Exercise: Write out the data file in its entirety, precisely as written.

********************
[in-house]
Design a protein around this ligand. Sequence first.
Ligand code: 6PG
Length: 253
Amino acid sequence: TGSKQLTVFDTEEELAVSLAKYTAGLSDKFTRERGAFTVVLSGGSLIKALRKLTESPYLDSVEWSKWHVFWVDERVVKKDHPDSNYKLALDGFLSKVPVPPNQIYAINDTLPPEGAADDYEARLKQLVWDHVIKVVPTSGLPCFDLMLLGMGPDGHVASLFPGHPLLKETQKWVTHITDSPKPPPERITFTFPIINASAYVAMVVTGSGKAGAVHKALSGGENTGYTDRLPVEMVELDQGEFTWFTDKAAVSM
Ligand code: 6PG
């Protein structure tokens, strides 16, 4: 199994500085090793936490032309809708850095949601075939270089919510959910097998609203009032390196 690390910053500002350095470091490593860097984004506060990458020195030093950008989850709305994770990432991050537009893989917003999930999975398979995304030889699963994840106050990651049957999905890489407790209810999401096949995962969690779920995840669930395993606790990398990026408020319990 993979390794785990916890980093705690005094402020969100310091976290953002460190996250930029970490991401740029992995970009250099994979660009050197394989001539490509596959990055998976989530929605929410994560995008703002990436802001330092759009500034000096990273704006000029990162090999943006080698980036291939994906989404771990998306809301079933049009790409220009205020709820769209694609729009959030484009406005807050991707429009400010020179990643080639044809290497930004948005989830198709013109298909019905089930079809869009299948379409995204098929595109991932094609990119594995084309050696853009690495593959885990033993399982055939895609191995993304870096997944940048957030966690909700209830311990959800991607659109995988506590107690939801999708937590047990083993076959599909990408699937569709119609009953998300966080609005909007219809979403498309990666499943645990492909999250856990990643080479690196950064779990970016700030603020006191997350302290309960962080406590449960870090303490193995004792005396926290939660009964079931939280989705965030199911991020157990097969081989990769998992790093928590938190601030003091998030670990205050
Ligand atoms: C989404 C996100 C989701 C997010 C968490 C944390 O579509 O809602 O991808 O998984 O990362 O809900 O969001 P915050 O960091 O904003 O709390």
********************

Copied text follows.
[in-house]
Design a protein around this ligand. Sequence first.
Ligand code: 6PG
Length: 253
Amino acid sequence: TGSKQLTVFDTEEELAVSLAKYTAGLSDKFTRERGAFTVVLSGGSLIKALRKLTESPYLDSVEWSKWHVFWVDERVVKKDHPDSNYKLALDGFLSKVPVPPNQIYAINDTLPPEGAADDYEARLKQLVWDHVIKVVPTSGLPCFDLMLLGMGPDGHVASLFPGHPLLKETQKWVTHITDSPKPPPERITFTFPIINASAYVAMVVTGSGKAGAVHKALSGGENTGYTDRLPVEMVELDQGEFTWFTDKAAVSM
Ligand code: 6PG
């Protein structure tokens, strides 16, 4: 199994500085090793936490032309809708850095949601075939270089919510959910097998609203009032390196 690390910053500002350095470091490593860097984004506060990458020195030093950008989850709305994770990432991050537009893989917003999930999975398979995304030889699963994840106050990651049957999905890489407790209810999401096949995962969690779920995840669930395993606790990398990026408020319990 993979390794785990916890980093705690005094402020969100310091976290953002460190996250930029970490991401740029992995970009250099994979660009050197394989001539490509596959990055998976989530929605929410994560995008703002990436802001330092759009500034000096990273704006000029990162090999943006080698980036291939994906989404771990998306809301079933049009790409220009205020709820769209694609729009959030484009406005807050991707429009400010020179990643080639044809290497930004948005989830198709013109298909019905089930079809869009299948379409995204098929595109991932094609990119594995084309050696853009690495593959885990033993399982055939895609191995993304870096997944940048957030966690909700209830311990959800991607659109995988506590107690939801999708937590047990083993076959599909990408699937569709119609009953998300966080609005909007219809979403498309990666499943645990492909999250856990990643080479690196950064779990970016700030603020006191997350302290309960962080406590449960870090303490193995004792005396926290939660009964079931939280989705965030199911991020157990097969081989990769998992790093928590938190601030003091998030670990205050
Ligand atoms: C989404 C996100 C989701 C997010 C968490 C944390 O579509 O809602 O991808 O998984 O990362 O809900 O969001 P915050 O960091 O904003 O709390």